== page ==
The head of Gaza municipality reported today that the State of Israel destroyed the Central Archives of Gaza City, which contained thousands of historical documents dating more than 150 years.
On Monday, during the “pause” in fighting, they also discovered that the main public library had been destroyed.
An article published in Literary Hub says that municipal authorities in Gaza have called for the intervention of the United Nations Educational, Scientific and Cultural Organisation (Unesco) to “intervene and protect cultural centres and condemn the occupation’s targeting of these humanitarian facilities protected under international humanitarian law.”
The piece’s author Dan Sheehan reminds us that “genocide is about more than just the premeditated mass extinguishing of human life; it’s also about the calculated, and often vindictive, destruction of a people’s culture, language, history, and shared sites of community.”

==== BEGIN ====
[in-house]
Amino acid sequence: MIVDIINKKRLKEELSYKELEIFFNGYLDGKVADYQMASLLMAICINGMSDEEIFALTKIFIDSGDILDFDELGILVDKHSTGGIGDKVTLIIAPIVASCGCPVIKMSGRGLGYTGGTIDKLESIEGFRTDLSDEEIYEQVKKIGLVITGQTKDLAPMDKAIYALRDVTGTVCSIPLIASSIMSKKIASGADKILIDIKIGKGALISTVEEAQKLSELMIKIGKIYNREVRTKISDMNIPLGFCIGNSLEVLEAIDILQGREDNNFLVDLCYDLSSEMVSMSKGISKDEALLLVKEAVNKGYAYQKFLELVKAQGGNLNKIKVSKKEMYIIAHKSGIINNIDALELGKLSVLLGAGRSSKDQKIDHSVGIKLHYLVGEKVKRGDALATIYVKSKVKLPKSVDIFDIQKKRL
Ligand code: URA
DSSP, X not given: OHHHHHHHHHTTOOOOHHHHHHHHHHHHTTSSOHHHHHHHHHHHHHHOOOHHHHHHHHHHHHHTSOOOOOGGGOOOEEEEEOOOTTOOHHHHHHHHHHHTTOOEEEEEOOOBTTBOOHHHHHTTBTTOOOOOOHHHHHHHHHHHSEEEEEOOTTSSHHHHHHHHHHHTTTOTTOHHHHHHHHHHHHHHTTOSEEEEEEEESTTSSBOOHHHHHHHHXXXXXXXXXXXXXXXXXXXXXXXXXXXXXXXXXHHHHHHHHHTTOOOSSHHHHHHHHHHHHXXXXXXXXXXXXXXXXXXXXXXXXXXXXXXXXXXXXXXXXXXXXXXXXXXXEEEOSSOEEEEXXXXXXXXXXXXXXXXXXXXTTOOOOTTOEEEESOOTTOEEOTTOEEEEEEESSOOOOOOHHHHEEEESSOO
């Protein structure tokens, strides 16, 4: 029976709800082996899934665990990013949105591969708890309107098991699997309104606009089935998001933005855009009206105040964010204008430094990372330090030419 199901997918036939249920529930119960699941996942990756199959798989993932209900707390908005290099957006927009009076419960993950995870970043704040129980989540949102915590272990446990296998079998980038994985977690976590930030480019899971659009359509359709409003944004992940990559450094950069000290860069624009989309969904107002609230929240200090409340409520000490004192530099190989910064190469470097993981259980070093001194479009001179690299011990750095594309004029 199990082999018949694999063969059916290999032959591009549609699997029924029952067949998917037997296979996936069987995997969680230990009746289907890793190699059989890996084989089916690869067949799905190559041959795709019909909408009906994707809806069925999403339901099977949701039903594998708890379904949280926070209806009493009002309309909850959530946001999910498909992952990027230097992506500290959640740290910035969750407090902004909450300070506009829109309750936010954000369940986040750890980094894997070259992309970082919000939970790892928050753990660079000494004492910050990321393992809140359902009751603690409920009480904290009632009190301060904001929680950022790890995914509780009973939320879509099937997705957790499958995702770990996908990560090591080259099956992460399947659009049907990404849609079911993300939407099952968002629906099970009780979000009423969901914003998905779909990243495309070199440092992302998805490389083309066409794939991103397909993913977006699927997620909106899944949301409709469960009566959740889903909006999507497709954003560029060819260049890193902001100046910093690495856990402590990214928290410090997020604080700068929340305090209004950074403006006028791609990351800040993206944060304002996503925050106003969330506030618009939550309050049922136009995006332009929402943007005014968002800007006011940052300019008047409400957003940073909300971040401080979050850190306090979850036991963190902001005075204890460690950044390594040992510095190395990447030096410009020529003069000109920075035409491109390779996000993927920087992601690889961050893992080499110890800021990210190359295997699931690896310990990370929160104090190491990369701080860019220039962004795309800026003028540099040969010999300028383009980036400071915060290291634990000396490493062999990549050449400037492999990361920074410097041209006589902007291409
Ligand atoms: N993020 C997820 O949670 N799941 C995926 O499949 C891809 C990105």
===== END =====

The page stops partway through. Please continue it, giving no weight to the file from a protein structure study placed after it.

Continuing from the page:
The strategic evisceration of historical artifacts and culture (a clear form of ethnic cleansing) goes hand-in-hand with occupation and settler-colonialism. When Japan occupied Korea, for example, it “became a crime to teach history from non-approved texts and authorities burned over 200,000 Korean historical documents, essentially wiping out the historical memory of Korea.” (History.com)
Today is the International Day of Solidarity with the Palestinian People and the beginning of #ReadPalestine Week. Visit publishersforpalestine.org and find a free reading list to “discover the richness and the breadth of Palestinian history, of Palestinian culture, of Palestinian words, creativity, and resilience.”